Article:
The Blog of Cafe Dissensus Magazine – we DISSENT

Poem: The Rohingya

By Usha Nellore
The Buddha said, be detached.
I can’t be detached.
You can’t be detached.  
No one should be detached.
When another human is attacked,
what is it like to be detached
what is it like not to fight back.

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The Story of a Secularist in India

By Navras J. Aafreedi
Noticing my parents’ reluctance, when the official there suggested that they give me just any name if they did not wish to pass on theirs, my father perceived it as the expression of doubt on my legitimacy and gave my first name a couple of suffixes, my mother’s caste name, Jāt and the name of the Pashtun/Pathan tribe he comes from, Āfrīdī (He spelt it Aafreedi to emphasize the long vowels in it, and not for any numerological reason.).

Paris: An Immortal Memory

By Jagari Mukherjee
I wanted to see the city which has been immortalized by poets and artists. I wanted to see the city which had formed the backdrop in works like Alexandre Dumas’ Camille, Baudelaire’s Les Fleurs du Mal, and Sartre’s The Age of Reason, amongst others. I had watched and loved movies like Moulin Rouge (based on Camille) and Gigi (based on Colette’s novelette). As for me, my painting of Paris will be a work of Impressionism rather than Realism as I attempt to recapture its essence mainly through the perfumed mists of memory.

Memoir: Revisiting my school

By Fayezah Iqbal
I sank in a bit more in my environs, inhaled more of that air and more of that soil, saw myself as one of those children frolicking, romping, and eating silently there during the recess. My present coalesced with my past.

Shillong’s Tribal-Punjabi Conflict: A Struggle for Survival

By Ananya S Guha
The penchant of the media to rake this up as a Dalit issue is to politicize it and fit it into the overall politics of the country, where Dalits are attacked in various parts the country. It is not the case in Shillong. It is a local issue over a conflict of interest. It is also not an ethnic clash, because of the same reason.

Two Poems

By Michelle D’Costa
When they ask, you know any Konkani films?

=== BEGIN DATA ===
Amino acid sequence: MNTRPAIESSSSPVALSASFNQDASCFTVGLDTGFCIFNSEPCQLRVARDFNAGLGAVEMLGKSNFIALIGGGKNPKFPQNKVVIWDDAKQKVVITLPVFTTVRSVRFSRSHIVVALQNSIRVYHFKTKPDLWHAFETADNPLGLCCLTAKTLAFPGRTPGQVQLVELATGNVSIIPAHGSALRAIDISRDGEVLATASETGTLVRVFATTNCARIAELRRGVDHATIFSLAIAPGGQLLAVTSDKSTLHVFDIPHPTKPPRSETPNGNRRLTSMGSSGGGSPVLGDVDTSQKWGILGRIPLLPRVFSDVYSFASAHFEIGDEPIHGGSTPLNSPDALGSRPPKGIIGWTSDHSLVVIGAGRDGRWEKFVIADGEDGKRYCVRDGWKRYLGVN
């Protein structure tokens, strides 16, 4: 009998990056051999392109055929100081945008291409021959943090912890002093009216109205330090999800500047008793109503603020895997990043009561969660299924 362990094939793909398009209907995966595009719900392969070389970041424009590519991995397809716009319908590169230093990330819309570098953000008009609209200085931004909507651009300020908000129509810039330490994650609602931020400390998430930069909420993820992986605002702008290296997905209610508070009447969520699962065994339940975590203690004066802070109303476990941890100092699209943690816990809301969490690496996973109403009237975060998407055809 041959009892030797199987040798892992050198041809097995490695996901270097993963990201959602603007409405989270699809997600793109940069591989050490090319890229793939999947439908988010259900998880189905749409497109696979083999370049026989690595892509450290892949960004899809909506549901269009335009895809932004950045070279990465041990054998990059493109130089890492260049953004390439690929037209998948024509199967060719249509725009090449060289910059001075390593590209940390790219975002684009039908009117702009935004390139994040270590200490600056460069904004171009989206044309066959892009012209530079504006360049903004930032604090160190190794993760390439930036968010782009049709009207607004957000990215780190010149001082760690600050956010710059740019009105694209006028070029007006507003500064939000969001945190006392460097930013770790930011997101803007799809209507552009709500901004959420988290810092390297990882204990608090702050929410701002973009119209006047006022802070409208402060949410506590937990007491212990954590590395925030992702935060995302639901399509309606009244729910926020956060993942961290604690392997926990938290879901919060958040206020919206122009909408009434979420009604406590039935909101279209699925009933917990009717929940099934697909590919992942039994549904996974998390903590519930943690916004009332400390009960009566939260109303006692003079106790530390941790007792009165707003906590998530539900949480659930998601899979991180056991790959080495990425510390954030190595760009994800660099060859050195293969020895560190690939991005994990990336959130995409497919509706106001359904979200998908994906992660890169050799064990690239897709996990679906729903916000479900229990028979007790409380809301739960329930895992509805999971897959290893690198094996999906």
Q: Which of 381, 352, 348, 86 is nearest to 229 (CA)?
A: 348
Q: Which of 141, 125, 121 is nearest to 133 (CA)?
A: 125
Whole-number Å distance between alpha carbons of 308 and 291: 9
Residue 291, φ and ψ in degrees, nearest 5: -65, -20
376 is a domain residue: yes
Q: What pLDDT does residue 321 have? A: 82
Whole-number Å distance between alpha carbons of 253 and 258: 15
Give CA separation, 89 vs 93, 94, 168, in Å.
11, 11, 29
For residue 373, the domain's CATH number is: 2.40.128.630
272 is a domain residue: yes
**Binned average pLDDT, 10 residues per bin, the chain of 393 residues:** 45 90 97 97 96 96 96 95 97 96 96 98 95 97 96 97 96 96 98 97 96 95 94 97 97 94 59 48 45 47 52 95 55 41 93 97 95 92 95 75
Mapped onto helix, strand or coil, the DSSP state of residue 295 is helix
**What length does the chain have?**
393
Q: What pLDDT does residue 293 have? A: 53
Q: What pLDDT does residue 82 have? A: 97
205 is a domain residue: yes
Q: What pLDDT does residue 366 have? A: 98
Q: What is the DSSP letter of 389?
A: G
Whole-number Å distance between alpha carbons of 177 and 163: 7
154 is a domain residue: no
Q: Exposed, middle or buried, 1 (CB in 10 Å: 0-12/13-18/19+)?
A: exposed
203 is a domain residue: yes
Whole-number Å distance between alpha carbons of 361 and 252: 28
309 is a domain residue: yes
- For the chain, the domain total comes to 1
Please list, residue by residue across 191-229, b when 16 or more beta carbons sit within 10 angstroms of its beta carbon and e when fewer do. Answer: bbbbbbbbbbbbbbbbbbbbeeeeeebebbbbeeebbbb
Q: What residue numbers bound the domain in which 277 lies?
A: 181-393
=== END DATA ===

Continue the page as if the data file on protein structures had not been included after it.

​S​ay, you’ve ​no clue. They’ll believe you​.​
Minorities have no music or cinema.

What ails our perception of North East India?

By Ananya S Guha
A lot of discussion on North East India is focused around questions of politics, identity, society, and even literature. Seminars are held all over the country generating debate and polemics. Many of the seminars and conferences only result in producing books, which publishers from Delhi, eyeing the academic market, take advantage of.

‘Watchmaker’: A brave experiment in Indian cinema

By Nabanita Sengupta
Anindya Banerjee in ‘Watchmaker’ does not entertain. He provokes the audience to think. Together with his actors, he raises uncomfortable questions regarding the extremely intangible notion of time and leaves the answer open. ‘Watchmaker’ does not answer any question; it opens up many new ones and therein lies its success. The film is multi-layered, and a brave attempt in Indian cinema to represent the abstract.

Why fasting during Ramadan is good

By Muhammed Favas
Ramadan plays a pivotal role in the human mind expansionism process. By giving up sexual contact and regulation of food, self-control is exerted. Since Muslims are expected to refrain from backbiting, lying, unnecessary hullabaloo, gossiping during Ramadan, it further institutes control over self.

Two Poems

By Tikuli
the river hears her hurried footsteps 
with rapt attention, at its bend
under the shade of the mangroves,
a boat and a promise patiently wait
ready to carry her away. 

Charge Sheet: A fictionalized non-fiction

By Kabir Deb
He went near Rehnuma, as she lay there before me with death curling over her sedated & bloodstained body. He took her in his scary arms, did the penetration that I witnessed for hours with fading day & much darker night. He strangled her with the churni she bought last winter.